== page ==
OBJECTIVE: This study described public health nurses' (PHNs) experiences in caring for people in their communities during the recovery stage of the Fukushima nuclear accident.
DESIGN AND SAMPLE: Forty-four PHNs responded to an open-ended questionnaire administered before a radiation protection workshop and participated in interviews after the workshop. Data were qualitatively analyzed.
RESULTS: Two major themes were identified: (1) profound powerlessness and (2) compelling sense of mission. The participants cared for people driven by their compelling sense of mission, despite not having the correct information or sufficient knowledge. They spoke of being heart-broken and barely able to face the reality of the impact of the accident.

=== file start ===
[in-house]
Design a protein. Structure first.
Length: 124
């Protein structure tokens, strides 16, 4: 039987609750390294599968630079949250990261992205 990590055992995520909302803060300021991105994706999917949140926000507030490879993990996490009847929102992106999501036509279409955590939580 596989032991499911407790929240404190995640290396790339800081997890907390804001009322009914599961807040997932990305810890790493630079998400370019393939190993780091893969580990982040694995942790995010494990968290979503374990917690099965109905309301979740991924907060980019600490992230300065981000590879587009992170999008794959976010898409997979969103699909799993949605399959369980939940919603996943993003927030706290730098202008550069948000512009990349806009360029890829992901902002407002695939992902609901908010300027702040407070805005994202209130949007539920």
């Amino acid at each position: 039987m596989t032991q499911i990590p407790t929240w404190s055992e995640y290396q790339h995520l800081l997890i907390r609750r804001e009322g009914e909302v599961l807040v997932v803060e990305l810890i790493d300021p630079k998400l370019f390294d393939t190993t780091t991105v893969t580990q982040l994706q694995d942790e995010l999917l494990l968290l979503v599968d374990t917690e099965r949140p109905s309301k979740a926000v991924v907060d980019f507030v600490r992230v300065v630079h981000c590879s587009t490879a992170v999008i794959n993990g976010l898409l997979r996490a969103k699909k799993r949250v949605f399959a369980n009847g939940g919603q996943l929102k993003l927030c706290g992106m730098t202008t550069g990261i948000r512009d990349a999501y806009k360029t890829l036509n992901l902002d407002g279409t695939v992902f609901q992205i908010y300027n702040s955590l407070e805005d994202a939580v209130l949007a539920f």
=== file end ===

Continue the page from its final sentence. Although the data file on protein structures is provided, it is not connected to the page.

CONCLUSIONS: PHNs supported people because of a compelling sense of mission yet it was a great burden. Education about radiation and radiation protection for nursing students and PHNs, two-way communication between PHNs and radiation specialists, long-term support by specialists, and the opportunity for PHNs to share their feelings and experiences is necessary.
- Fukushima nuclear accident
- public health nurse
- qualitative research
- radiological protection culture
ASJC Scopus subject areas
- Public Health, Environmental and Occupational Health